In October 2013, I wrote an article about metastatic breast cancer (MBC) for the Idaho Statesman . I profiled four Idaho women whose breast cancer had spread to other parts of their bodies, a condition for which there is currently no cure. Two of those women have since passed.
The numbers around breast cancer are staggering: One in eight women are diagnosed with the disease and around a third of those have their cancer metastasize. While it isn’t the facts and figures that have motivated me to advocate for MBC research, this past year I determined that if I cared about seeing the lives of my MBC friends extended, I needed to focus more on the numbers.
In June, I was a member of a coalition of more than 50 cancer organizations called One Voice Against Cancer. We assembled in Washington to approach Congress with three fiscal year 2016 budget requests: provide $5.4 billion for the National Cancer Institute; end the decline of cancer’s share of the National Institute of Health budget; and support cancer prevention screening programs and registries in every state by increasing funding for the Centers for Disease Control.
In Idaho, we are at the bottom of the list when it comes to breast cancer screenings — 49th out of the 50 states. The president’s proposed budget for FY16 has major cuts to the CDC’s Cancer Prevention and Control Programs, believing that expanded Medicaid money available to the states would cover this deficit. Since Idaho opted not to expand Medicaid, if we lose the CDC funds, we have only compounded our dilemma, and we will lose more Idaho lives. We need to reverse this course of action.
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The good news is the House of Representatives passed the 21st Century Cures Act in July and sent it to the Senate, where it is currently being reviewed. This bill provides changes to the way the Food and Drug Administration approves new drugs, creates a new Cures Innovation Fund and provides $8.75 billion to the NIH over the next 10 years.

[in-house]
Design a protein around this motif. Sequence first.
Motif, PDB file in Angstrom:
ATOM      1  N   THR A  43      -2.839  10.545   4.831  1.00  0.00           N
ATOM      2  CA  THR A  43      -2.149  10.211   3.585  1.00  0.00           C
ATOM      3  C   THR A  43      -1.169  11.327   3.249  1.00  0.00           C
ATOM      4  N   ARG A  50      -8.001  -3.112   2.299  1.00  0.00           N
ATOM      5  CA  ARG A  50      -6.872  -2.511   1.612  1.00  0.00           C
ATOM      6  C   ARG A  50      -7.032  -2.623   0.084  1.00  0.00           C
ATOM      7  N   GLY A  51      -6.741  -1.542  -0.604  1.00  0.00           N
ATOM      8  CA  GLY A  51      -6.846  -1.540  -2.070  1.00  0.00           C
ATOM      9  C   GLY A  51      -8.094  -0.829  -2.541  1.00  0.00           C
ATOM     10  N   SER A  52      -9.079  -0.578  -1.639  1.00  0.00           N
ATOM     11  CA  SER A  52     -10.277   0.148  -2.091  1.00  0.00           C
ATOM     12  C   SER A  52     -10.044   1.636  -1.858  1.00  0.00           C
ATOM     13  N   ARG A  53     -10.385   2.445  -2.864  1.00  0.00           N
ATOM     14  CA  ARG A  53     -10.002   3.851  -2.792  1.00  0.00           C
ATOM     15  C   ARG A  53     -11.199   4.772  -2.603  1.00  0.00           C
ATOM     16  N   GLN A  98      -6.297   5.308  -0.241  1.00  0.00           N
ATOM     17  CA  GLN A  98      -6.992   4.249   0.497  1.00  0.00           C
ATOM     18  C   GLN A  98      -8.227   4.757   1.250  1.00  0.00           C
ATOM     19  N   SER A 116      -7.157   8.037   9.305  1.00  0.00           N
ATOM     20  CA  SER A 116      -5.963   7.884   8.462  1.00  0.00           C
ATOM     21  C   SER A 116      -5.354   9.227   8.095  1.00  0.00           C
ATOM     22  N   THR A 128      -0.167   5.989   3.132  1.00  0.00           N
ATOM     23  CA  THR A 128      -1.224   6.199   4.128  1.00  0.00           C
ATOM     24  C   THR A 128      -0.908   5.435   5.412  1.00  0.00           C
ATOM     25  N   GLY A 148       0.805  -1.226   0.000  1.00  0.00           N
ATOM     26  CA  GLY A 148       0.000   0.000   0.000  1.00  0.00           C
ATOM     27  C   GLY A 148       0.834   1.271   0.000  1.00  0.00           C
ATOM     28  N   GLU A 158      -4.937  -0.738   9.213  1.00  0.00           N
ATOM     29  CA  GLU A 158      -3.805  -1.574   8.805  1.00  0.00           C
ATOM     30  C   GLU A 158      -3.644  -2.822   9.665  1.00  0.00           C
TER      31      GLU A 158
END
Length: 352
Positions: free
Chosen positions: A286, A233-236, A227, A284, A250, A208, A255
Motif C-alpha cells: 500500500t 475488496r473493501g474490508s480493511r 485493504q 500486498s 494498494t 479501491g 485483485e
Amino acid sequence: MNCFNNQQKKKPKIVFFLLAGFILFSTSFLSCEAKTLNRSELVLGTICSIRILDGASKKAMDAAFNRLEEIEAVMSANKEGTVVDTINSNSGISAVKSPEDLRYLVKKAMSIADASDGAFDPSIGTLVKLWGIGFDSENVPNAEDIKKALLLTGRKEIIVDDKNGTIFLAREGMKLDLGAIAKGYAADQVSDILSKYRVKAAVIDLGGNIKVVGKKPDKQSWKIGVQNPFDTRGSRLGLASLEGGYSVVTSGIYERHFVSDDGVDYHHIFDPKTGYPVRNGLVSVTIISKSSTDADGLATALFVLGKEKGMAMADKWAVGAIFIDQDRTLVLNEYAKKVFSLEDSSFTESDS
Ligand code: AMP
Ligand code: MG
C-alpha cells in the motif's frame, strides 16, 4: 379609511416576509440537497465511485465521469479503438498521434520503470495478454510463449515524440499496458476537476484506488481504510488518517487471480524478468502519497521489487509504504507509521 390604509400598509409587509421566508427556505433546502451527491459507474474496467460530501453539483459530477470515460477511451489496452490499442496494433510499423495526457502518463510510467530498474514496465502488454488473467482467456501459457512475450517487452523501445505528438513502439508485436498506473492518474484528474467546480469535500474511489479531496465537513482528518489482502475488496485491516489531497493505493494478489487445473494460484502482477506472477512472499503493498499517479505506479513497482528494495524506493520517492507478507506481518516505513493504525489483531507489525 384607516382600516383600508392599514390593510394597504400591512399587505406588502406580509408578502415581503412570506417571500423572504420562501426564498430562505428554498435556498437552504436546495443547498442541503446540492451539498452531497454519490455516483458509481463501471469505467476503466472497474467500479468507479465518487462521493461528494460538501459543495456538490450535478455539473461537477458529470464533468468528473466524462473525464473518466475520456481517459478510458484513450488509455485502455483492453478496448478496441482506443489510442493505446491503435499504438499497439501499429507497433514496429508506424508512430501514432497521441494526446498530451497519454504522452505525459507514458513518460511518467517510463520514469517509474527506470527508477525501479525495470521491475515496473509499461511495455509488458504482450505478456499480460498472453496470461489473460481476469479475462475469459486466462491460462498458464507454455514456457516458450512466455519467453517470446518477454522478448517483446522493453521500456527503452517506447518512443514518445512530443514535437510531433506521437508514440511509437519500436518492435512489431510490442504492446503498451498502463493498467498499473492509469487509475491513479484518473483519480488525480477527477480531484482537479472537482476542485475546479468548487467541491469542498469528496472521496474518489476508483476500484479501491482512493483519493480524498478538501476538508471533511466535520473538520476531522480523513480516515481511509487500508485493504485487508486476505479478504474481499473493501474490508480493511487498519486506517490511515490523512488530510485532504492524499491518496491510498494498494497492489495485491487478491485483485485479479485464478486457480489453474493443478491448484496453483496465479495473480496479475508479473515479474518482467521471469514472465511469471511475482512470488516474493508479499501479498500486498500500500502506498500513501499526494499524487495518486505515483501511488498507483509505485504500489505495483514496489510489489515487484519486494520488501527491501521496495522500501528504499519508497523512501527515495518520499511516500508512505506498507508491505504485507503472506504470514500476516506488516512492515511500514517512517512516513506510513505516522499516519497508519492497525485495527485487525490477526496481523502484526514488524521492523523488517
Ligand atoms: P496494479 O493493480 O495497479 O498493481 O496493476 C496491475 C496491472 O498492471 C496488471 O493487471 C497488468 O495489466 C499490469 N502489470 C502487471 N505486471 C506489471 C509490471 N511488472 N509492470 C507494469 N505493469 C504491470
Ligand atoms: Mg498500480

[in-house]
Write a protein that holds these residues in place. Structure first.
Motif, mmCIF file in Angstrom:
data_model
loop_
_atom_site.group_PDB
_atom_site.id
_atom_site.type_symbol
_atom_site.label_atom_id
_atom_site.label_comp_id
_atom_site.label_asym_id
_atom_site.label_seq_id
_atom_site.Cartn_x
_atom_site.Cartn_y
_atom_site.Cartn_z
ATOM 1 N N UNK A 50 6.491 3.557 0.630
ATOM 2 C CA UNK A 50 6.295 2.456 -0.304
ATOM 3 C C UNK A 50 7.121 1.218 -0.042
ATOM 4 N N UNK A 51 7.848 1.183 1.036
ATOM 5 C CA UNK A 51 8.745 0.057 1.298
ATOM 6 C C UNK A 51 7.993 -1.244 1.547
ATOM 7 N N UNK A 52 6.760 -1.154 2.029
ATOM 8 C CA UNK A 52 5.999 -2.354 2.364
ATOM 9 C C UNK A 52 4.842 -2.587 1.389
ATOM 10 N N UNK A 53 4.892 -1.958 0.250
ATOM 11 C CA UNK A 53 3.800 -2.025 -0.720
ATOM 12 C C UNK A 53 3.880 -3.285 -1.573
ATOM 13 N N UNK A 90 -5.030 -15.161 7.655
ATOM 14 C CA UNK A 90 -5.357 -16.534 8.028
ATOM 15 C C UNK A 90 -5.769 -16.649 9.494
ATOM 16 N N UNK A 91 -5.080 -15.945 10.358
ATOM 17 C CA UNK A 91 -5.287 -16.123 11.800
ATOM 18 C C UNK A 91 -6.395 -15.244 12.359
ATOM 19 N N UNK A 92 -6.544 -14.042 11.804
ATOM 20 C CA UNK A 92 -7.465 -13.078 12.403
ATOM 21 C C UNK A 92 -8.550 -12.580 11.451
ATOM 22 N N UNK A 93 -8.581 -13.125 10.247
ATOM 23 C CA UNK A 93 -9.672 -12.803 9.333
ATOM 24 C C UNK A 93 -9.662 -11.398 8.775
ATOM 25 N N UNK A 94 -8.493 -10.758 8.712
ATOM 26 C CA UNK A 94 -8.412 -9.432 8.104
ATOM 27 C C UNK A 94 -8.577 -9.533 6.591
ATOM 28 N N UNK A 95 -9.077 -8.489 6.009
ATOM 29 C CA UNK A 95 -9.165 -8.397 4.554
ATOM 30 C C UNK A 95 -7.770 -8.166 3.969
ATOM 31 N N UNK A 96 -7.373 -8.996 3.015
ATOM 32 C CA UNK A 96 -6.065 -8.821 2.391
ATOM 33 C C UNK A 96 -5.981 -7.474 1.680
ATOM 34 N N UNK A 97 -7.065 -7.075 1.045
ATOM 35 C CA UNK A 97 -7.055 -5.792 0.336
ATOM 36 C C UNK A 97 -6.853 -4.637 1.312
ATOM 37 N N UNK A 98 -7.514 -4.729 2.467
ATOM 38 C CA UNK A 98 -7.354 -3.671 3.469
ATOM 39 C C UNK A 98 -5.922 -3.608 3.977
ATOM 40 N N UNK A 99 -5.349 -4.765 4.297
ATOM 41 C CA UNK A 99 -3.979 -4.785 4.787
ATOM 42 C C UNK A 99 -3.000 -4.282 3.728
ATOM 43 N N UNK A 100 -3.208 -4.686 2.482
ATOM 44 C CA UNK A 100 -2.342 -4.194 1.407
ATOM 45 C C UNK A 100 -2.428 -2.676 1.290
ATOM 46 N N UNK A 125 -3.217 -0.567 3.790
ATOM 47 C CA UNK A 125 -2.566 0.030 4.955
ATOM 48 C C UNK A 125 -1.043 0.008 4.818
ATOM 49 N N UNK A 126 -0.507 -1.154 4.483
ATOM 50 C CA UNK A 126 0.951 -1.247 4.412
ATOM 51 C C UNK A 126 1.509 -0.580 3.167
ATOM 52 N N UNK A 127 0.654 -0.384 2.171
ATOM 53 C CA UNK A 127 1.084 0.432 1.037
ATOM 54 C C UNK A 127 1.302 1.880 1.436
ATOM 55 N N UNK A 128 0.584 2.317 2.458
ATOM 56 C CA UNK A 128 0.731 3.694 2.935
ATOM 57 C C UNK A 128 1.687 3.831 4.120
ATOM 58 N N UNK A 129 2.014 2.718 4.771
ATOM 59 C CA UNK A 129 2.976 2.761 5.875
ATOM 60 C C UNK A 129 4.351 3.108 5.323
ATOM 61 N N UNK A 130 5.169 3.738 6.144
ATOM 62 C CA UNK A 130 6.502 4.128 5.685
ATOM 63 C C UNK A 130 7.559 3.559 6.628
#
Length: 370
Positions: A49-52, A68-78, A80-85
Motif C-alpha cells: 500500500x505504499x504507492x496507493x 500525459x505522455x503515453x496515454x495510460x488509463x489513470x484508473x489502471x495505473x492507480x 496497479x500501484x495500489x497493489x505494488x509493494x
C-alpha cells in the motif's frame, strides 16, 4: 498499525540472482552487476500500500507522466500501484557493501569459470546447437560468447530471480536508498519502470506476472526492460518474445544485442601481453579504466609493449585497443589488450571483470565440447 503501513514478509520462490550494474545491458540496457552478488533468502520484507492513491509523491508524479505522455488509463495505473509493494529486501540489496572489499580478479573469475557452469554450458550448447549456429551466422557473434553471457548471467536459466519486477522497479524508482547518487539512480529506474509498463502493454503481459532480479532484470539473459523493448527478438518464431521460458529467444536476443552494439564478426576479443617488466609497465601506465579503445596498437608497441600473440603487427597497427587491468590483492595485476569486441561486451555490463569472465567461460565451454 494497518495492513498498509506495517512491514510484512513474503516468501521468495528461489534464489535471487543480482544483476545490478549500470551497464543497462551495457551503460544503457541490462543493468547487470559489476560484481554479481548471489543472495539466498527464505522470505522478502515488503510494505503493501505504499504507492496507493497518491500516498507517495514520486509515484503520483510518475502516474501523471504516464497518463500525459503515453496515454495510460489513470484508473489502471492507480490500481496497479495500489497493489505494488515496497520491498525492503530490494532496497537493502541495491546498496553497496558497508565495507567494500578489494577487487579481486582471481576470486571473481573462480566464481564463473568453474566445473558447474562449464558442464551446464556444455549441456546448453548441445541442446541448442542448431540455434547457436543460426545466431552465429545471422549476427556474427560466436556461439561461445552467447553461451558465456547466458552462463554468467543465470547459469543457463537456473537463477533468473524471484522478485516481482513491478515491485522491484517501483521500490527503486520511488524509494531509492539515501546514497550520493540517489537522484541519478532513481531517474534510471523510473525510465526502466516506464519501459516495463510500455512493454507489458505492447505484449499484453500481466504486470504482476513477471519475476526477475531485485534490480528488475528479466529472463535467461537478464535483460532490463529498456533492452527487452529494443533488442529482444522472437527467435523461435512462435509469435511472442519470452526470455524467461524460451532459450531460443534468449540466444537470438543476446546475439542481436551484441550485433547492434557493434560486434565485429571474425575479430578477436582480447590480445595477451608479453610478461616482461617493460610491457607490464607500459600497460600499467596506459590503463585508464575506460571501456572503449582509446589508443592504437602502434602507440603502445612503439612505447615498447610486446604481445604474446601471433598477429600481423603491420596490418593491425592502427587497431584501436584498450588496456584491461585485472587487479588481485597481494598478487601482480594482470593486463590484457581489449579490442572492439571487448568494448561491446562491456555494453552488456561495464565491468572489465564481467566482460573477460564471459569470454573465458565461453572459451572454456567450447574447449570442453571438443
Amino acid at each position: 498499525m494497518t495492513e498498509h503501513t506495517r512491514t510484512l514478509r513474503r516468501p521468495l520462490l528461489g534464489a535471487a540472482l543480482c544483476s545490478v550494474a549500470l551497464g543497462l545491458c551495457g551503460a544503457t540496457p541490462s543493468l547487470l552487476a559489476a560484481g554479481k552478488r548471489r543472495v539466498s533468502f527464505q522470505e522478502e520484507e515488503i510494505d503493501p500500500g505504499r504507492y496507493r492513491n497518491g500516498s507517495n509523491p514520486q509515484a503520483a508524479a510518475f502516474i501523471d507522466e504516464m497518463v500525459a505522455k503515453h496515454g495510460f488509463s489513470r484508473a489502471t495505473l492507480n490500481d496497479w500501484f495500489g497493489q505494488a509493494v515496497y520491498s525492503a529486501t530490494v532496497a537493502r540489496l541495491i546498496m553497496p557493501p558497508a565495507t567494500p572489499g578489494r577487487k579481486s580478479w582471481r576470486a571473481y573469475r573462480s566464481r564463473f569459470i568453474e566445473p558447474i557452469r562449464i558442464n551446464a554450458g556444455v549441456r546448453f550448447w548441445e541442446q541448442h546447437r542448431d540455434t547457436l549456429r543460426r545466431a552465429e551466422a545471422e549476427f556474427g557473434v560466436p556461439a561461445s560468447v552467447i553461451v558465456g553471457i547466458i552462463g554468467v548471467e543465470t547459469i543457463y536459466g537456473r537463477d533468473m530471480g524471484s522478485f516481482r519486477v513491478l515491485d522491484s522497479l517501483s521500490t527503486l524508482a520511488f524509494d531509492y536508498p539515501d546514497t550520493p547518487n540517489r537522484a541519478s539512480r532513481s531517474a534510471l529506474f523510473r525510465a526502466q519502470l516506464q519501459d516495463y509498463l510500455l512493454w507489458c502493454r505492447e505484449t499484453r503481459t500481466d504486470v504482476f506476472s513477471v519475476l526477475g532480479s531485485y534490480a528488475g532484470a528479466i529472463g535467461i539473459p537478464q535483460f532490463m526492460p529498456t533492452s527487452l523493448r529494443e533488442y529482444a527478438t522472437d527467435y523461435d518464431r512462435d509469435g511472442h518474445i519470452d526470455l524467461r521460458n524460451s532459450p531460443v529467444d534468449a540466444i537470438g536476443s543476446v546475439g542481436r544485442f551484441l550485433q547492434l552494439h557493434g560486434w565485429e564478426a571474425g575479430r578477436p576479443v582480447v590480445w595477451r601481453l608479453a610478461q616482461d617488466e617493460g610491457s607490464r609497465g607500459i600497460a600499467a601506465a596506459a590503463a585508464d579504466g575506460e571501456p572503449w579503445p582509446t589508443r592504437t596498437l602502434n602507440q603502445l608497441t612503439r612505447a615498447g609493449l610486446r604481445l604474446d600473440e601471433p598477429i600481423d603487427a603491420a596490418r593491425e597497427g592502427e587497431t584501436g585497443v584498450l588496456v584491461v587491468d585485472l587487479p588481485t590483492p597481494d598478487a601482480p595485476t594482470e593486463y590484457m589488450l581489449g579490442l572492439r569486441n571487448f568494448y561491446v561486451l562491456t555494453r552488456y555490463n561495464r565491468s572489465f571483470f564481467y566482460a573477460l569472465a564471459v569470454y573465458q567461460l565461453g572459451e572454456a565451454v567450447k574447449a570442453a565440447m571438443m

We need these funds, and more. Just a decade ago, 1 in 3 medical research projects received federal funding. Today, now that the NIH budget is down 26 percent due to inflation, that number is 1 in 7. We can’t afford to let important, promising research be left languishing and unfunded in labs across America.
This isn’t a Republican vs. Democrat battle; everyone is affected by this disease and wants to see a cure, yet it is still a fight over budgets and finances. While Rep. Mike Simpson, R-Idaho, added his support by co-sponsoring the 21st Century Cures Act, Rep. Raul Labrador, R-Idaho, voted against the measure as it requires mandatory spending. While the NIH needs the stability of predictable funding, Labrador remained consistent in his priority not to increase our nation’s deficit. He wanted these additional funds to come from reductions to other budgets.
I’ll propose one. Our country spent $73.3 billion in FY15 through the Overseas Contingency Operations (war) fund. It is time to recognize that cancer is our enemy. It was diagnosed in over 1.7 million people this year within our borders. It took the lives of 589,000. The cost is immeasurable. Let’s bring the fight, and the funds, home.
I don’t need to see cancer cured in my lifetime. I need to see it happen within the lifetimes of my cancer-fighting friends, several of whom are profiled in today’s pink edition of the Idaho Statesman. We need more funding. We need it now.
Chad Estes is a Boise photographer and writer whose project, “The Reveal Mission,” showcases stories of breast cancer survivors and fighters. He volunteers his time to several breast cancer agencies in Idaho, including American Cancer Society Cancer Action Network.